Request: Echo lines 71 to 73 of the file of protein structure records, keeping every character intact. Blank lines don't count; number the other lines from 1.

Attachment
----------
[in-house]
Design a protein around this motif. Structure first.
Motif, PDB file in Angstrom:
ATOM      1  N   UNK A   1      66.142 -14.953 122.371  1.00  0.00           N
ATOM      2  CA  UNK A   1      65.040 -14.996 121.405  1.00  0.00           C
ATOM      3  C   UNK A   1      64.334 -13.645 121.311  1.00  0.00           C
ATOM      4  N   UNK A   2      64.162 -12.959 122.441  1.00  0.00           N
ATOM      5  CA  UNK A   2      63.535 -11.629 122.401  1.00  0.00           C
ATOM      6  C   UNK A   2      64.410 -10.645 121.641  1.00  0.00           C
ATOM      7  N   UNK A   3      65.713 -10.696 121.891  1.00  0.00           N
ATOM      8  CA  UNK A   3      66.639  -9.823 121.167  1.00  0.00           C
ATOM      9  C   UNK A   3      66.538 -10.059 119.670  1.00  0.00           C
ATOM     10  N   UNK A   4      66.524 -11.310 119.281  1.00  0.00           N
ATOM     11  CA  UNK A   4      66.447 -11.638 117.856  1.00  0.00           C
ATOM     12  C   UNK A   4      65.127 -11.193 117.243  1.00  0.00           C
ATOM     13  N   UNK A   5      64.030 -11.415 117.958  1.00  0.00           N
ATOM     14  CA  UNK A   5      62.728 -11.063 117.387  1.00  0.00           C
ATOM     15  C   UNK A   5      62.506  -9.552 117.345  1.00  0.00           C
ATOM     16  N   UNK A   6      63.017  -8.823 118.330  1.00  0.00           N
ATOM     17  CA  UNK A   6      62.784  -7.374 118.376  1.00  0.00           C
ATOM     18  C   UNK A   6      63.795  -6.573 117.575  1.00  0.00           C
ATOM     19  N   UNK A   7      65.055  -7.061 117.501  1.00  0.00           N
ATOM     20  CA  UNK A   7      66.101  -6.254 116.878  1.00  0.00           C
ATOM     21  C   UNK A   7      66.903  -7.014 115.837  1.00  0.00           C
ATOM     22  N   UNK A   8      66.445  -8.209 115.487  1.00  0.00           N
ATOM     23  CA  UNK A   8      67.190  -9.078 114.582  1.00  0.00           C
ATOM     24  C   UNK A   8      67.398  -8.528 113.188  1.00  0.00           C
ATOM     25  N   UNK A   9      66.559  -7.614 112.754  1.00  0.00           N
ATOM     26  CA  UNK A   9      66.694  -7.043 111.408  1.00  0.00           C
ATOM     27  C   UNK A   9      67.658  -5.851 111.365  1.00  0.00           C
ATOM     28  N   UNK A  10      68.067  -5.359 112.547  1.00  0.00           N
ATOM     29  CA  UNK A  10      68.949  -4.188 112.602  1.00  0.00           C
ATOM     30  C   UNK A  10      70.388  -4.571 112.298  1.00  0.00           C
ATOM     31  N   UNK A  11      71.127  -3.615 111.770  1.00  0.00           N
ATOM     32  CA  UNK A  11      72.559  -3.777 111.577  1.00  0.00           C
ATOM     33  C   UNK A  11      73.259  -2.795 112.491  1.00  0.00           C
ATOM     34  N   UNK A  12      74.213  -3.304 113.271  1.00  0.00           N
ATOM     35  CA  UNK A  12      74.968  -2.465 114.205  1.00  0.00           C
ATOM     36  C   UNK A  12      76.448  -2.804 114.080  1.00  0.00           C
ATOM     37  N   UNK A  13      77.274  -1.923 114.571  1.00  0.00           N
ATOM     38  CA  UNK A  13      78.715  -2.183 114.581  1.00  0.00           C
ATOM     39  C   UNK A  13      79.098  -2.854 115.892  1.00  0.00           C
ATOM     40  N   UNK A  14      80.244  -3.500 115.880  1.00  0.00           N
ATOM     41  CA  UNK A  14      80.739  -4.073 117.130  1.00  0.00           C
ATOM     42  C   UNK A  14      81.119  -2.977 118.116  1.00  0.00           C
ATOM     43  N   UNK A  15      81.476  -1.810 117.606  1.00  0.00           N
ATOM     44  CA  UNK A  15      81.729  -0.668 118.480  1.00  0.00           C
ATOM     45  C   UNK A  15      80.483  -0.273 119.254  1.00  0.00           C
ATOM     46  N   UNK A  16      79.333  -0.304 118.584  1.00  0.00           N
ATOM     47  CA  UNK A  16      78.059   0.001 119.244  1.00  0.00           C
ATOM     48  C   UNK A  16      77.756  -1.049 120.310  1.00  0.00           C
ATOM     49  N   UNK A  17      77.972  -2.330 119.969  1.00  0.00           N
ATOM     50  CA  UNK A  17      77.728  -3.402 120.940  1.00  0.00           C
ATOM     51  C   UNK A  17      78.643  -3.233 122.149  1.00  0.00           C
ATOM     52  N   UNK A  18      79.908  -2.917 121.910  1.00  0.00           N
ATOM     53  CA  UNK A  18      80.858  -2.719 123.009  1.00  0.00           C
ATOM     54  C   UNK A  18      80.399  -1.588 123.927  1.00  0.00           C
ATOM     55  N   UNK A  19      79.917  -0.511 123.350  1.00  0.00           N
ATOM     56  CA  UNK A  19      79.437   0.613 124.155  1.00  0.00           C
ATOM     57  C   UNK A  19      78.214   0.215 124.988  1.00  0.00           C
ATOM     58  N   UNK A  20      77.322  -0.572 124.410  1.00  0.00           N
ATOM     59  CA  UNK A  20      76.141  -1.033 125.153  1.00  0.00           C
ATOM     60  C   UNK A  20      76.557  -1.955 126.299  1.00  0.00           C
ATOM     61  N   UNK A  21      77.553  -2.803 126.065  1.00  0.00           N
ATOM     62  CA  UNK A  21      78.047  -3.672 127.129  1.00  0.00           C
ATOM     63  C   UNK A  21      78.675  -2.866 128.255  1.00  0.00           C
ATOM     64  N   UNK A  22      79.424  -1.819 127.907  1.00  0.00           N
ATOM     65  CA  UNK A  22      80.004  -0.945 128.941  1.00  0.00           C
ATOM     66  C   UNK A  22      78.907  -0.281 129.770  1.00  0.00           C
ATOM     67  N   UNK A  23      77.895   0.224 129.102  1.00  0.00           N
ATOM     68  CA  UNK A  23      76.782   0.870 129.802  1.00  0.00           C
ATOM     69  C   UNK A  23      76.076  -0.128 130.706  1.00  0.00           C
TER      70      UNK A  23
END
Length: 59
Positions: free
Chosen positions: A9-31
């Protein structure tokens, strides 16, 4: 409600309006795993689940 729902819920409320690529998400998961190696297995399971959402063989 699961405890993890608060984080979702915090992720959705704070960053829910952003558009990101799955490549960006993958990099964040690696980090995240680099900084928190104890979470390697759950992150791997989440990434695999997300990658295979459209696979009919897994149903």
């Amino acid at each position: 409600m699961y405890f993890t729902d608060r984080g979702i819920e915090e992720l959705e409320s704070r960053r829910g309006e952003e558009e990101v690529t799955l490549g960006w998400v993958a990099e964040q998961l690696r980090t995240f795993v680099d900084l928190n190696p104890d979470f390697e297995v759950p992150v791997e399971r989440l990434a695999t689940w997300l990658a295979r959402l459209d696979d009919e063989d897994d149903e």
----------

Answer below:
ATOM     68  CA  UNK A  23      76.782   0.870 129.802  1.00  0.00           C
ATOM     69  C   UNK A  23      76.076  -0.128 130.706  1.00  0.00           C
TER      70      UNK A  23